It’s that time of year again! The shopping malls are filled with parents stocking up on things their kids will be needing this September. The excitement of the new school year, new friends, new teachers, and new subject matter are upon us as the summer is winding to a close. So, now is the time to focus on getting your child(ren) well rested so that their minds are prepared to absorb all the new information they’ll soon be learning. It’s really easy to allow a good sleep routine to slide in the summer due to longer daytime hours and vacation. So long as children are meeting their age specific sleep needs and are well rested, they are usually very flexible in managing a change with regard to things like later bedtimes on special occasions or during travel. Here are your back to school sleep tips for a well rested and ready to learn brain:
- Dial back bedtime. If you know that your child has been going to bed later than he should be for his age, then it’s time to start making bedtime a little earlier each day to get it back to being within a reasonable age appropriate time. Click here for a link to the National Sleep Foundation’s recommendations on age specific sleep requirements. Generally, school aged children (6-13 years) should be getting approximately 9-11 hours of sleep overnight, which makes ideal bedtime anytime between 7:00 – 9:00 pm. Teenagers, aged 14-17, should get about 8-10 hrs. If you know that your child has been going to bed later than he/she should for his/her age, then it’s certainly time to get them back on track.
- Keep a consistent sleep schedule. For most kids going to school for the first time, they may be used to a daytime nap, and will no longer have the opportunity to do so. This may mean that in order to compensate for that amount of sleep, you may have to encourage an earlier bedtime. “Catching up” on the weekend is not recommended to be a long term solution, although that doesn’t mean that sleeping in on the weekend is a bad thing. However, if you notice that your child wants to stay in bed all day long on weekends, it’s a good indication that your child isn’t getting his/her fill of restorative sleep and would benefit from an earlier bedtime on a regular basis.
- Create a reliable bedtime routine. Just as you did for your baby, your older school aged child or teenager still benefits from a nightly bedtime routine. As kids age, this routine will evolve. However, it’s really beneficial for younger kids in particular to keep a night-time ritual that involves story telling to help their body prepare for sleep. It’s also a great way to stay connected with your child and learn about what the greatest or most challenging parts of their day were if there wasn’t enough time over dinner.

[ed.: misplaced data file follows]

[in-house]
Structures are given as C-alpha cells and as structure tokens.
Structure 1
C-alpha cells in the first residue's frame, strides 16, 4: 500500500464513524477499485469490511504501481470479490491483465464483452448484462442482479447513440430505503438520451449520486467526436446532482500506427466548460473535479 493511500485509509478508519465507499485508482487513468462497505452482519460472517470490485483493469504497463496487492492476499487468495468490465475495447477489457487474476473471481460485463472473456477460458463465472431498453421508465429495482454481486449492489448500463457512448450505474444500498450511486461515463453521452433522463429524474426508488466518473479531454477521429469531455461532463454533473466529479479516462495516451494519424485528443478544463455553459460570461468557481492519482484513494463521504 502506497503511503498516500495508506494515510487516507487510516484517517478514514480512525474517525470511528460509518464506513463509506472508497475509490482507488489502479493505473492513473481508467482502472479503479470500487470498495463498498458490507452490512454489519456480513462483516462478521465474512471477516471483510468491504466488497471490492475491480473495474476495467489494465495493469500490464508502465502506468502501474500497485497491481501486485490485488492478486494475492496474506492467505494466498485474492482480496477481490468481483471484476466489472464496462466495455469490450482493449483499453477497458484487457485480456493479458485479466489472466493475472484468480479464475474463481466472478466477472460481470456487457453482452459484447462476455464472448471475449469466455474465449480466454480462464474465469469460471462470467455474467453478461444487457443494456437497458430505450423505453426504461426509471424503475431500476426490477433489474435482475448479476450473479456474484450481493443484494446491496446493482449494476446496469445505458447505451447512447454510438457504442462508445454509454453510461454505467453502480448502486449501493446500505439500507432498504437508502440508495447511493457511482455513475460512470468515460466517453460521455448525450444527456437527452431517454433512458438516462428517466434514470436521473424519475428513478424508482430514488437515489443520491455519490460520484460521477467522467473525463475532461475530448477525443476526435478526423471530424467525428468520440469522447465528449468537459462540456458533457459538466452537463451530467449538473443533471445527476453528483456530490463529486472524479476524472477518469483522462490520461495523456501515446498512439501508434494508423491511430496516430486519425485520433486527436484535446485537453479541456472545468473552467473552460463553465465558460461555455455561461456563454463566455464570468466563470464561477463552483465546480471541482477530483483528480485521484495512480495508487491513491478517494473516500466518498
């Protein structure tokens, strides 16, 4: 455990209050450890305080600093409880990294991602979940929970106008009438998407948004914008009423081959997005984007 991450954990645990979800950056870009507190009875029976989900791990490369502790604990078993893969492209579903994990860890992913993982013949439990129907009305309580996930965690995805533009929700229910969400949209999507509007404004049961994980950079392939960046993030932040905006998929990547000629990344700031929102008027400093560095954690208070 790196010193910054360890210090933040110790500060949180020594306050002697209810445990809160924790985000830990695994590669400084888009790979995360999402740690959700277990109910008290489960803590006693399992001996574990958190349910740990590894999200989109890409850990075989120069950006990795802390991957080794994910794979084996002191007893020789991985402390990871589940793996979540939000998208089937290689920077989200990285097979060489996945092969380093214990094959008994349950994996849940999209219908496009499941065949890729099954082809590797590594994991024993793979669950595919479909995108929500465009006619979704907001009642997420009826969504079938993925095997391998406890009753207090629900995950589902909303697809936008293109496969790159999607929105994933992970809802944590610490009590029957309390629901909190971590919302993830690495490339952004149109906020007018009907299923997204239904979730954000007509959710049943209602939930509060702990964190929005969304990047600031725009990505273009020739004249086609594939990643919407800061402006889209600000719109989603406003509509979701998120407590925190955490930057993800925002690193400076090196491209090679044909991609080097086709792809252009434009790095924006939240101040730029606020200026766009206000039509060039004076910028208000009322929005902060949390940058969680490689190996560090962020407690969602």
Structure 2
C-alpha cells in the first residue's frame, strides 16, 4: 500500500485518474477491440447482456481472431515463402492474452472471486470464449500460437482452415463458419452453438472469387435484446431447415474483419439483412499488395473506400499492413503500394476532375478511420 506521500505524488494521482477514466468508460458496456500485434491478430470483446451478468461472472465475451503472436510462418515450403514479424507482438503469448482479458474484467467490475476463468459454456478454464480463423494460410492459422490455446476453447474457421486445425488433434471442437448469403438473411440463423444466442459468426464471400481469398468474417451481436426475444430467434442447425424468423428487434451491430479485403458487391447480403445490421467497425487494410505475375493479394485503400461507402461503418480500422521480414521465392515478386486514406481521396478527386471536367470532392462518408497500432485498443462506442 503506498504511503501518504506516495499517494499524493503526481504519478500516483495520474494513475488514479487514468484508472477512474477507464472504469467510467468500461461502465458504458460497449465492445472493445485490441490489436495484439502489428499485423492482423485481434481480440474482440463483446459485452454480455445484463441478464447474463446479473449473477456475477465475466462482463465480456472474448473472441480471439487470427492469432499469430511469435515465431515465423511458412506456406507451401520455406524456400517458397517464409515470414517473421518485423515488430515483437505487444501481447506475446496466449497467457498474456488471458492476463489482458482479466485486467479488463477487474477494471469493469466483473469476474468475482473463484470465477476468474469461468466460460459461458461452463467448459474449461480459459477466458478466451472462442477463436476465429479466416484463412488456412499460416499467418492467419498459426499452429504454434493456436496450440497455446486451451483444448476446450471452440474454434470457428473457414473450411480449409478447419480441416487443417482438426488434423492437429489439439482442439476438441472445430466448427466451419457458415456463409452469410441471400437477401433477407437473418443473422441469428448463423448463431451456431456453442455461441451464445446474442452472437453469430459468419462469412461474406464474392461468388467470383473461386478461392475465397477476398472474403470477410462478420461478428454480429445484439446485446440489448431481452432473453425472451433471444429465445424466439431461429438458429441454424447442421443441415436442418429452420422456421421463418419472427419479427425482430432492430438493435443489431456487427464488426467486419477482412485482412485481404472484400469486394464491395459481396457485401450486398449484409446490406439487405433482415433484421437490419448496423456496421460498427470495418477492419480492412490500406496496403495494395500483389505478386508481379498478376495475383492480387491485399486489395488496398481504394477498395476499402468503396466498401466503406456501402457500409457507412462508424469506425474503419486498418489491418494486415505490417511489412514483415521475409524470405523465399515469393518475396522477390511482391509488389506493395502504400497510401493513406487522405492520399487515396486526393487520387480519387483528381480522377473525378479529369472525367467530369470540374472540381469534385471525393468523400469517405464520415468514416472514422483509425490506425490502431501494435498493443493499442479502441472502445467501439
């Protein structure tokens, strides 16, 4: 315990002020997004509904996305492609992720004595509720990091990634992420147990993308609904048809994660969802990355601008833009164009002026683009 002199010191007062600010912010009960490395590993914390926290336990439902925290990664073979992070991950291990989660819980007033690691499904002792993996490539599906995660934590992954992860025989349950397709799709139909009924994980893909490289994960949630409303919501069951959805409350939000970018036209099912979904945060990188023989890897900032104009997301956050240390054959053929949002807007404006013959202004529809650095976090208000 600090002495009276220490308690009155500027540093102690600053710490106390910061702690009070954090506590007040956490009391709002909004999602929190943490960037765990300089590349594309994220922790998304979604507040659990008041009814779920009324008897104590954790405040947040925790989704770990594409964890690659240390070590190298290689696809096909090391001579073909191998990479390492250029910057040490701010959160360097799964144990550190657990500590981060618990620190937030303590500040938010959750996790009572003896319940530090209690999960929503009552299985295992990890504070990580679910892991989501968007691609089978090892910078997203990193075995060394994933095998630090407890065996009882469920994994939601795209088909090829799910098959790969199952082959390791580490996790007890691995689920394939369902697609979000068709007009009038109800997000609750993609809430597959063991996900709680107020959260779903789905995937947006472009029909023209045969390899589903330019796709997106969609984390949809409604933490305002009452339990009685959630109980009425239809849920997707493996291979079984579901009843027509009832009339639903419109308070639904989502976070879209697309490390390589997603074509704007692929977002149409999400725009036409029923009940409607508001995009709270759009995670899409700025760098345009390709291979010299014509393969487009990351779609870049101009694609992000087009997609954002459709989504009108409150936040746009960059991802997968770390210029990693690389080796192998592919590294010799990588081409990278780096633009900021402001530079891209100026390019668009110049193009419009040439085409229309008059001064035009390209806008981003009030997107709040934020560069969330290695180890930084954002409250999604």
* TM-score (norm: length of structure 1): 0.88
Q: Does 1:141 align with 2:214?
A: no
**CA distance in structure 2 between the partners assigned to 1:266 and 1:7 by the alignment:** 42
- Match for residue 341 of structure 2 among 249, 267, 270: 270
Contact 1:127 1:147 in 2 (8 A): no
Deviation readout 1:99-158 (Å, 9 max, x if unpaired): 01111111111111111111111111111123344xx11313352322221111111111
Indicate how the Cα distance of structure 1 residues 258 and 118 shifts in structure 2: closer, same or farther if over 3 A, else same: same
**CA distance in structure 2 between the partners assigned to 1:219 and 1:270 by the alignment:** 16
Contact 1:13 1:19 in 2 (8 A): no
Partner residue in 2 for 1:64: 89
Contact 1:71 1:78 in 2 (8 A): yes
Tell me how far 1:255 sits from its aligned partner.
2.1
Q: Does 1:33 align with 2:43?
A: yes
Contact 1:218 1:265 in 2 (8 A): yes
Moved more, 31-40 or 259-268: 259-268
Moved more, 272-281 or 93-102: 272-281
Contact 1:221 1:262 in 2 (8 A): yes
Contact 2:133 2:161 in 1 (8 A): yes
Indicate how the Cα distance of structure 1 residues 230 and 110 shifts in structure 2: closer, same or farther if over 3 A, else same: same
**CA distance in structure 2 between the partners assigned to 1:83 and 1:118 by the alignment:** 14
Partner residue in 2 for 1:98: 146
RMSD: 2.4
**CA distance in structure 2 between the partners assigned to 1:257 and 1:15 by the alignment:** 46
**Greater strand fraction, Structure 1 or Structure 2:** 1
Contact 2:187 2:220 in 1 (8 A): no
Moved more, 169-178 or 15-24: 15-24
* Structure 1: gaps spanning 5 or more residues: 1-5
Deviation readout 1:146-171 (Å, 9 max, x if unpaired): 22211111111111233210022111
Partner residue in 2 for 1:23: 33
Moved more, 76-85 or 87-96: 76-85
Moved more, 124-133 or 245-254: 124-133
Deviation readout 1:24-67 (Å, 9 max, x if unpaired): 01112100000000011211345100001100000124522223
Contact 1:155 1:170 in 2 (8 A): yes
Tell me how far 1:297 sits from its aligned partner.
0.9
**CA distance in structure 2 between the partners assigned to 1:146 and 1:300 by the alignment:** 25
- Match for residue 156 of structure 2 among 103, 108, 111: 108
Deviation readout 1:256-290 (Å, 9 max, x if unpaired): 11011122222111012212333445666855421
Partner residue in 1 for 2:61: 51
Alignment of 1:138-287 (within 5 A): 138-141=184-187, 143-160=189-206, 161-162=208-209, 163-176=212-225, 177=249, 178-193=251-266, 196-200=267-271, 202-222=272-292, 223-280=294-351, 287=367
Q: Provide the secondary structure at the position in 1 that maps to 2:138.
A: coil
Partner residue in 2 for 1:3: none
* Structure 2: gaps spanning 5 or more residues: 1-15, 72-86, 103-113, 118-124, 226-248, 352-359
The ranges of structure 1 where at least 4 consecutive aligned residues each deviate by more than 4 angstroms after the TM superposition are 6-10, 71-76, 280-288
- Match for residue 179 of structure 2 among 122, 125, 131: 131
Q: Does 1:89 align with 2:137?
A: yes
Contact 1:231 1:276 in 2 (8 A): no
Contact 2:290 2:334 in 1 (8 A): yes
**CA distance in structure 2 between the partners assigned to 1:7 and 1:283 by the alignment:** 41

- Limit “screen time” and blue light exposure before bedtime. While you will hear many recommendations about creating a relaxing bedtime routine, sitting on the couch or bed watching TV or playing with video games or other electronics is not recommended as a “relaxing” technique before bedtime. Exposure to blue light inhibits the natural production of melatonin, which begins signaling the body to prepare for sleep. Blue light is emitted from all electronic screens, so limit exposure as you are helping your child(ren) prepare themselves for sleep. Remember to also set a good example. Put you own smartphone away during the bedtime routine. If your child requests a night light, avoid those that are blue. Try to find one that is amber coloured or in the red spectrum.
- Avoid sugar and caffeine before bedtime. For obvious reasons, it’s not recommended to have a lot of sugary treats or caffeinated drinks before bedtime. Caffeine within 6 hrs of bedtime can interfere with normal biological and sleep patterns.
- CONSISTENCY, CONSISTENCY, and CONSISTENCY. Remember it may take as little as 3 days to make a change, but typically about 3 weeks to make a habit. The sooner your children’s sleep gets back on track the better prepared they’ll be to take on the world!